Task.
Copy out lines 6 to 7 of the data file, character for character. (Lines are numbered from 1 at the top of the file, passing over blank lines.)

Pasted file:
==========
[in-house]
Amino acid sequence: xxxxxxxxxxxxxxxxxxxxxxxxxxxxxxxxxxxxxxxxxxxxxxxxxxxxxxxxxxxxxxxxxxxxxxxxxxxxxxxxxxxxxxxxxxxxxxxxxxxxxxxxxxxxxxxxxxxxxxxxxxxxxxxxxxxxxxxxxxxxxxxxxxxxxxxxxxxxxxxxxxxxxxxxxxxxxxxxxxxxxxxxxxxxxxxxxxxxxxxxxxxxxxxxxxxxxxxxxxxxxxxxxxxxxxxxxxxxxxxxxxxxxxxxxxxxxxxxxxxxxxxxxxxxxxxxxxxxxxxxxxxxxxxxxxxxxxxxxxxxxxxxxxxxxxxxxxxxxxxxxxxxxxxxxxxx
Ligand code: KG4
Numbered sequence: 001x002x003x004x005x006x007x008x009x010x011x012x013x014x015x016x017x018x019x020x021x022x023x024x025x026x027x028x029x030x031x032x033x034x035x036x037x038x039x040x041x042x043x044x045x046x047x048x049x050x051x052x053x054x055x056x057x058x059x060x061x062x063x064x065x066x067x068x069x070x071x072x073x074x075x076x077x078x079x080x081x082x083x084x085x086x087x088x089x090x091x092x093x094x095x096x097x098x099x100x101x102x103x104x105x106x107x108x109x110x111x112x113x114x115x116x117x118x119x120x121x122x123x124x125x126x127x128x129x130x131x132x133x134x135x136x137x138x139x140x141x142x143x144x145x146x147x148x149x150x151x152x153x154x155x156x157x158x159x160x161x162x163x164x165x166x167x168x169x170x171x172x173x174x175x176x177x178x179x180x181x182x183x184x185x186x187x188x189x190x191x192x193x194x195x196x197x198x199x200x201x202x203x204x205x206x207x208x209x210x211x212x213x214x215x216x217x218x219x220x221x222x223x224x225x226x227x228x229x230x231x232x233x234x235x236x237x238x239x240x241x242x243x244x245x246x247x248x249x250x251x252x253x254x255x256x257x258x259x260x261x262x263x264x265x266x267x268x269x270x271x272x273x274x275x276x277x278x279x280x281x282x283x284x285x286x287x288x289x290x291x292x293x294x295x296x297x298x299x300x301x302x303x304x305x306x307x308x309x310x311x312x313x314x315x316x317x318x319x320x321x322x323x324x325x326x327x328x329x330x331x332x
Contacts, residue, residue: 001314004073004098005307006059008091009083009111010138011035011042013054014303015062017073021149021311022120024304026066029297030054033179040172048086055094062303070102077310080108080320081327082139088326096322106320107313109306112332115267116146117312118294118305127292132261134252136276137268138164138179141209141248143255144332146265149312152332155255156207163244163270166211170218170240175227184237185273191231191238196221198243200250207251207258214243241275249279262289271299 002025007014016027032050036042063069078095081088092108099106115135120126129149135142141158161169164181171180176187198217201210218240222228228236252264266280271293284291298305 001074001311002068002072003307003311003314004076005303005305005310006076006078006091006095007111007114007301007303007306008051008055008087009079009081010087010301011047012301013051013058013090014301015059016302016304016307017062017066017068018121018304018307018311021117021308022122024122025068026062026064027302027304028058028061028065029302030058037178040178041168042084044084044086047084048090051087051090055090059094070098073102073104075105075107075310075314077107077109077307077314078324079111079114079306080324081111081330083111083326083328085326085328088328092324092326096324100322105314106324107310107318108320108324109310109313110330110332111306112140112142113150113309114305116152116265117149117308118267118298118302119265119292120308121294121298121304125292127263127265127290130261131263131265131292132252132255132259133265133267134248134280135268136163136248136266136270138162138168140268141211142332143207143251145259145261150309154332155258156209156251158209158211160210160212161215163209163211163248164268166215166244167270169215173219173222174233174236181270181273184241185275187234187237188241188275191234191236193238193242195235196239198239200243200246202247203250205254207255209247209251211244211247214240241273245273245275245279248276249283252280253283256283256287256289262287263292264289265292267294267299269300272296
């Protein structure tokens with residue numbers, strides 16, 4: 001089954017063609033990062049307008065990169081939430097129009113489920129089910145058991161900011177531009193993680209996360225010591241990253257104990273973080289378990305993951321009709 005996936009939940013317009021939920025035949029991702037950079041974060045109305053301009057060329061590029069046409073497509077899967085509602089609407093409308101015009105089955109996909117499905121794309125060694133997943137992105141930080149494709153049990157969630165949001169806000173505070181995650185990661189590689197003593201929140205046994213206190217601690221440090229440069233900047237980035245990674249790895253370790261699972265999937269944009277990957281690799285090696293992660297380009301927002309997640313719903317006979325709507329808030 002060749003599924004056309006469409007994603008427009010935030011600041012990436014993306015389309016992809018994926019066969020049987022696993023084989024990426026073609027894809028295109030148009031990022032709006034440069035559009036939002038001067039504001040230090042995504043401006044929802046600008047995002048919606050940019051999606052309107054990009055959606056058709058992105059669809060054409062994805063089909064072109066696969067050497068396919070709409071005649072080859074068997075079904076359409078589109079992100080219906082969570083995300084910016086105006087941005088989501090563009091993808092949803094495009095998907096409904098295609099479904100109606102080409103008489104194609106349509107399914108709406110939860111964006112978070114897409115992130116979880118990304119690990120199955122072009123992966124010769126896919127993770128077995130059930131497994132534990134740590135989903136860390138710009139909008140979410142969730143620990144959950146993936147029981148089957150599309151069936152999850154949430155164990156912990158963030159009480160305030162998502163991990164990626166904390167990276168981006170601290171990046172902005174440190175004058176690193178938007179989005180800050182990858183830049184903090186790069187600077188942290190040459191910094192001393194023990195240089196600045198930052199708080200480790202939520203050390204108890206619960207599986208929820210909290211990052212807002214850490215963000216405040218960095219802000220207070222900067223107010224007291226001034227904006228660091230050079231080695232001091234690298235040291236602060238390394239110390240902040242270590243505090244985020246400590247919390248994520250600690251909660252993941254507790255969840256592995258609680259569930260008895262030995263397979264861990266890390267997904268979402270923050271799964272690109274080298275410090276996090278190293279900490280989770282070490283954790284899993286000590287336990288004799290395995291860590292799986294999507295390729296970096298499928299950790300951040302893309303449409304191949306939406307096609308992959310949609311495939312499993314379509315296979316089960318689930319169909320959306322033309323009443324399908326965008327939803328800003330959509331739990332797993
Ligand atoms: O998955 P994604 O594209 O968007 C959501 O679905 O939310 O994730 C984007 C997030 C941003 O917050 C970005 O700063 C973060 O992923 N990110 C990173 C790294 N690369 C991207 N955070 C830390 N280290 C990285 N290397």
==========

């Protein structure tokens with residue numbers, strides 16, 4: 001089954017063609033990062049307008065990169081939430097129009113489920129089910145058991161900011177531009193993680209996360225010591241990253257104990273973080289378990305993951321009709 005996936009939940013317009021939920025035949029991702037950079041974060045109305053301009057060329061590029069046409073497509077899967085509602089609407093409308101015009105089955109996909117499905121794309125060694133997943137992105141930080149494709153049990157969630165949001169806000173505070181995650185990661189590689197003593201929140205046994213206190217601690221440090229440069233900047237980035245990674249790895253370790261699972265999937269944009277990957281690799285090696293992660297380009301927002309997640313719903317006979325709507329808030 002060749003599924004056309006469409007994603008427009010935030011600041012990436014993306015389309016992809018994926019066969020049987022696993023084989024990426026073609027894809028295109030148009031990022032709006034440069035559009036939002038001067039504001040230090042995504043401006044929802046600008047995002048919606050940019051999606052309107054990009055959606056058709058992105059669809060054409062994805063089909064072109066696969067050497068396919070709409071005649072080859074068997075079904076359409078589109079992100080219906082969570083995300084910016086105006087941005088989501090563009091993808092949803094495009095998907096409904098295609099479904100109606102080409103008489104194609106349509107399914108709406110939860111964006112978070114897409115992130116979880118990304119690990120199955122072009123992966124010769126896919127993770128077995130059930131497994132534990134740590135989903136860390138710009139909008140979410142969730143620990144959950146993936147029981148089957150599309151069936152999850154949430155164990156912990158963030159009480160305030162998502163991990164990626166904390167990276168981006170601290171990046172902005174440190175004058176690193178938007179989005180800050182990858183830049184903090186790069187600077188942290190040459191910094192001393194023990195240089196600045198930052199708080200480790202939520203050390204108890206619960207599986208929820210909290211990052212807002214850490215963000216405040218960095219802000220207070222900067223107010224007291226001034227904006228660091230050079231080695232001091234690298235040291236602060238390394239110390240902040242270590243505090244985020246400590247919390248994520250600690251909660252993941254507790255969840256592995258609680259569930260008895262030995263397979264861990266890390267997904268979402270923050271799964272690109274080298275410090276996090278190293279900490280989770282070490283954790284899993286000590287336990288004799290395995291860590292799986294999507295390729296970096298499928299950790300951040302893309303449409304191949306939406307096609308992959310949609311495939312499993314379509315296979316089960318689930319169909320959306322033309323009443324399908326965008327939803328800003330959509331739990332797993
Ligand atoms: O998955 P994604 O594209 O968007 C959501 O679905 O939310 O994730 C984007 C997030 C941003 O917050 C970005 O700063 C973060 O992923 N990110 C990173 C790294 N690369 C991207 N955070 C830390 N280290 C990285 N290397």